Comircan says that you need support for when you feel overwhelmed. That is so true. It doesn’t matter if you have a challenging child or not, a support system is must. It just helps a lot more when your team can understand your struggles

Me Time

Comircan says that parents need to take time for themselves. We need to focus on ourselves and reward ourselves. We all time and space for alone time. Chase your dreams, have fun, chill out without the kids. Its nice to have it daily but thats not realistic. At least once a month.

Noting

Noting what your child has done is important said Comircan. Praising your child for what they are doing, good behavior and what they have is good. Children respond better to positivity. When you only tell them the negative and put them down, the only thing your child understands is that the attention they get also gets the negative reaction, which becomes a vicious cycle.

Opportunities

As a parent, you need to raise your children with confidence and give them chances to avoid or do better when it comes to managing their risk factors says Comircan. Give them chances to succeed and grow. Follow their interests. Encourage and praise them. Learn to enjoy their hobbies and get close. When you have a closer relationship with your child, the better they behave.

Parent

Comircan explains that you need to have a balance as a parent. You can command your household without being hostile or begging. Parenting isn’t easy but you can have fun and enjoy it too. Not every family operates the same so don’t try to compare. Be the mom or dad you wish to be. Remember to be rational. You got this.

Questions

Comircan said to don’t ask why, what or how or ho come are appropriate to ask your children. Why just comes off like your accusing your child of something.

Risk Factors

Understand that certain factors could be hurting your child like racism and or rejection. But there is also a balance between understanding and making sure your child doesn’t use it as an excuse explains Comircan. Not everyone has the same “risk factors” and everything can effect us differently but that is why you need to learn to express yourself and help your child do so too to help them understand why they are feeling the way they do. Meaning that you can pinpoint the triggers.

Strengths

Comiracan says that we need to build on our children’s strengths and praise them. Yes, yes, yes. I also say to use your chili’s strengths and interests to your advantage. It not only helps you to help them be motivated but it helps build their confidence.

Triangulation

Don’t get sucked into listening to a third party about a situation. Always ask a source directly explained Comrican. This is so true. There are always 3 sides to a story but you should absolutely as those involved before making assumptions, especially when it comes to your children.

Understand Temperament

Not all children can do well in all circumstances, challenging children need lot of attention, ideal conditions and to be nurtured more wrote Cormican. I couldn’t agree more. Our kids need more help and that os completely okay. They need more attention, they need more affirmations, they need more sit in time, there is nothing wrong with it.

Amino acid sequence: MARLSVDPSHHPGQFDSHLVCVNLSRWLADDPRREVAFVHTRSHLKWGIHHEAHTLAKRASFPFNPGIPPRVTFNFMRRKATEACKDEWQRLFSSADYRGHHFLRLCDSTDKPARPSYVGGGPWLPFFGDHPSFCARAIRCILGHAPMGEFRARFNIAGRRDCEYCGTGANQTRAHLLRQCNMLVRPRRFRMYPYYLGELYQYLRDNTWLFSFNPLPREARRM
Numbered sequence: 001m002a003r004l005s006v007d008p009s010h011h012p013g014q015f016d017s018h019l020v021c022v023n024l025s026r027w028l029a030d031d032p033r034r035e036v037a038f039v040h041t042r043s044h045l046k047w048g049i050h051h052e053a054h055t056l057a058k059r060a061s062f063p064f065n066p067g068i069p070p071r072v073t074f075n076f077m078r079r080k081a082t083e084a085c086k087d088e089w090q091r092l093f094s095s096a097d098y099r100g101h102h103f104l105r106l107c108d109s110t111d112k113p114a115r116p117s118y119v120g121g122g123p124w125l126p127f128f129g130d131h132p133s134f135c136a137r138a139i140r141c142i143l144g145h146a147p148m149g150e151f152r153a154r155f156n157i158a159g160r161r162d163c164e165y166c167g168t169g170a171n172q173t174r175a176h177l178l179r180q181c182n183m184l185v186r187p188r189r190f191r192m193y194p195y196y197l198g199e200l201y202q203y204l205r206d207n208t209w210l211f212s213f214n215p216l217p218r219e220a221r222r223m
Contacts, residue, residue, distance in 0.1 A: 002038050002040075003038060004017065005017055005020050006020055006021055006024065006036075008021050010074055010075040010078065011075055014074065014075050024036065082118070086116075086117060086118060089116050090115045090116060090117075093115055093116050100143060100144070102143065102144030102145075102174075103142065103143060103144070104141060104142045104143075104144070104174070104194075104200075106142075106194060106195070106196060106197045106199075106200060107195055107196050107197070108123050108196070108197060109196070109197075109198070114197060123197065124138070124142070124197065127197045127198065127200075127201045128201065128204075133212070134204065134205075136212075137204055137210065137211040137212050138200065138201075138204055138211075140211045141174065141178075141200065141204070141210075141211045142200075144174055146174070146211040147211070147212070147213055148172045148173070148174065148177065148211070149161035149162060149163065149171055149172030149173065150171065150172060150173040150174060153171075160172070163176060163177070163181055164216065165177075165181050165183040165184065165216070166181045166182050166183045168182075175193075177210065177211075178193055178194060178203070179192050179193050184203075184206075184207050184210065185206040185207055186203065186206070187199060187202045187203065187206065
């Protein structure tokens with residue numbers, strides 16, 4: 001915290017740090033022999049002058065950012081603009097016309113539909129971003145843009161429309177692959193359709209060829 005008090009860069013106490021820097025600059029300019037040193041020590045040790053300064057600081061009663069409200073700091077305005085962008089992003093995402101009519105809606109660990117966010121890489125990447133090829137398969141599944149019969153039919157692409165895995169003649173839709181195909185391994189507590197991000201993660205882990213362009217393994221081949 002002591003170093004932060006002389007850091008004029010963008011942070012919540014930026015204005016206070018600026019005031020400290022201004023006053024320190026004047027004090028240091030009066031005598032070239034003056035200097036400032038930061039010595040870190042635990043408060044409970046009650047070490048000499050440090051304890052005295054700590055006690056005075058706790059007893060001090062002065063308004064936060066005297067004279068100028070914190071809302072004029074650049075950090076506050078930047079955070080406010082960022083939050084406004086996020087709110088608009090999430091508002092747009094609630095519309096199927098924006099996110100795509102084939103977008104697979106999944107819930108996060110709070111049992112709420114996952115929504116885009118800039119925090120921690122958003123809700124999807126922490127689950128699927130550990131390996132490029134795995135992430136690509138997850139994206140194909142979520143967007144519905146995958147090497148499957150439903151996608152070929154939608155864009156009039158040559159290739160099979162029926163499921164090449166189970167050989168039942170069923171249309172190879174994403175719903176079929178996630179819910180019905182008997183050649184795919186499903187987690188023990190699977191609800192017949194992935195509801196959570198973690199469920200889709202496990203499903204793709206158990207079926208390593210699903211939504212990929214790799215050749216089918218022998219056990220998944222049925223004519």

Voice

Cormican states that the parents need to be cohesive when they speak as a team. When you and your spouse, and anyone around your children whether its grandparents or a teacher, need to be on one team and on the same page. Kids have an easy time figuring out who they con push buttons best.

Wait

Give yourself time to respond and don’t just respond instantly to a situation based off your emotions. Often times we overreact in the moment wrote Cormican. Exactly what I’ve been saying. Its not easy to get into the habit of waiting to calm and think rationally but it really helps.

Xceptions

Comircan says some rules can be bent depending on situations. Compromising helps with cooperation. Rigidity makes life boring, which at least for us is not okay. We get much more done and he’s better behaved too.

Yoyoing

Children, specifically challenging children, will bug and hem and annoy until you change your “No” to a “Yes” says wrote Cormican. Children love to challenge their boundaries. When they learn they can push your buttons, they will absolutely do so. As said in Age, set the expectations and follow through.

Zero in

Cormican says that when a problem happens, zero in on them and try to understand why from a rational point of view. While I agree each incident should be looked at individually, if its reoccurring, consider what is not working and how to change it .

All these tips are really helpful to all sorts of parenting. I can tell you that when I went through a challenging time with my own son. You got this. You have support and feel free if you need me as a line to help. Always happy to help or just talk.

I'm the mom to Matthew, which we run and own Matthew's Kitchen. I'm 27 and studying to be a pastry chef. I love to cook and bake but my passion is in the pastry arts. Matthew is a 5 year old who began cooking when he was 1. Through the years he has not only gained valuable skills but has grown his palette. Together we want to share our passion for food with you and your family